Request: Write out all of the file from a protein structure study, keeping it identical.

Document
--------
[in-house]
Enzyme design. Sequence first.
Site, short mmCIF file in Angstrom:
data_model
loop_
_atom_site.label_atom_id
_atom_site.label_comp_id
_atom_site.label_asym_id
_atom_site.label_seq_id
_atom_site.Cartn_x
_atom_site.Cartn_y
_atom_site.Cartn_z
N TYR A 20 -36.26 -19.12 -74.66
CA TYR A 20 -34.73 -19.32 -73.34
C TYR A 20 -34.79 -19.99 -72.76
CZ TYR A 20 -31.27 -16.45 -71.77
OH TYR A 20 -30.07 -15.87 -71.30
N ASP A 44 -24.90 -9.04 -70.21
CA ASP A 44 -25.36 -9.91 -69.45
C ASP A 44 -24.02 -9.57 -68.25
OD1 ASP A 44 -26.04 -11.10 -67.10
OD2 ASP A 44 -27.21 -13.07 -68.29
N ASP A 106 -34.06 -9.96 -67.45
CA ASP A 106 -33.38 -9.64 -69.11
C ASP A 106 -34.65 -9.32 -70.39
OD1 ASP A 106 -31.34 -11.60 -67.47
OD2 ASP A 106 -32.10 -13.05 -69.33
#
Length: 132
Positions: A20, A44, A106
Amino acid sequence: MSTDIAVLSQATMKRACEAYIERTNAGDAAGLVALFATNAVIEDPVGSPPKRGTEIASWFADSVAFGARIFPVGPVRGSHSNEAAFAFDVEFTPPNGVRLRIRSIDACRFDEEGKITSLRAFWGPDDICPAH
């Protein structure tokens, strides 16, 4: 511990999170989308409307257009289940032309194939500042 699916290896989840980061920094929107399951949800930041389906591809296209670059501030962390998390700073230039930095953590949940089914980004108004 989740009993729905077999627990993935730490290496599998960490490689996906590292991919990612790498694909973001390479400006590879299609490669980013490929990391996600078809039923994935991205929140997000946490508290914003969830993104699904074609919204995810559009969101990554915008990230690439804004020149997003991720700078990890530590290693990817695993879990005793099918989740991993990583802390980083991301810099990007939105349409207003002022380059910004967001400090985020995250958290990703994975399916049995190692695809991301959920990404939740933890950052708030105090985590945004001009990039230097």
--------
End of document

[in-house]
Enzyme design. Sequence first.
Site, short mmCIF file in Angstrom:
data_model
loop_
_atom_site.label_atom_id
_atom_site.label_comp_id
_atom_site.label_asym_id
_atom_site.label_seq_id
_atom_site.Cartn_x
_atom_site.Cartn_y
_atom_site.Cartn_z
N TYR A 20 -36.26 -19.12 -74.66
CA TYR A 20 -34.73 -19.32 -73.34
C TYR A 20 -34.79 -19.99 -72.76
CZ TYR A 20 -31.27 -16.45 -71.77
OH TYR A 20 -30.07 -15.87 -71.30
N ASP A 44 -24.90 -9.04 -70.21
CA ASP A 44 -25.36 -9.91 -69.45
C ASP A 44 -24.02 -9.57 -68.25
OD1 ASP A 44 -26.04 -11.10 -67.10
OD2 ASP A 44 -27.21 -13.07 -68.29
N ASP A 106 -34.06 -9.96 -67.45
CA ASP A 106 -33.38 -9.64 -69.11
C ASP A 106 -34.65 -9.32 -70.39
OD1 ASP A 106 -31.34 -11.60 -67.47
OD2 ASP A 106 -32.10 -13.05 -69.33
#
Length: 132
Positions: A20, A44, A106
Amino acid sequence: MSTDIAVLSQATMKRACEAYIERTNAGDAAGLVALFATNAVIEDPVGSPPKRGTEIASWFADSVAFGARIFPVGPVRGSHSNEAAFAFDVEFTPPNGVRLRIRSIDACRFDEEGKITSLRAFWGPDDICPAH
């Protein structure tokens, strides 16, 4: 511990999170989308409307257009289940032309194939500042 699916290896989840980061920094929107399951949800930041389906591809296209670059501030962390998390700073230039930095953590949940089914980004108004 989740009993729905077999627990993935730490290496599998960490490689996906590292991919990612790498694909973001390479400006590879299609490669980013490929990391996600078809039923994935991205929140997000946490508290914003969830993104699904074609919204995810559009969101990554915008990230690439804004020149997003991720700078990890530590290693990817695993879990005793099918989740991993990583802390980083991301810099990007939105349409207003002022380059910004967001400090985020995250958290990703994975399916049995190692695809991301959920990404939740933890950052708030105090985590945004001009990039230097």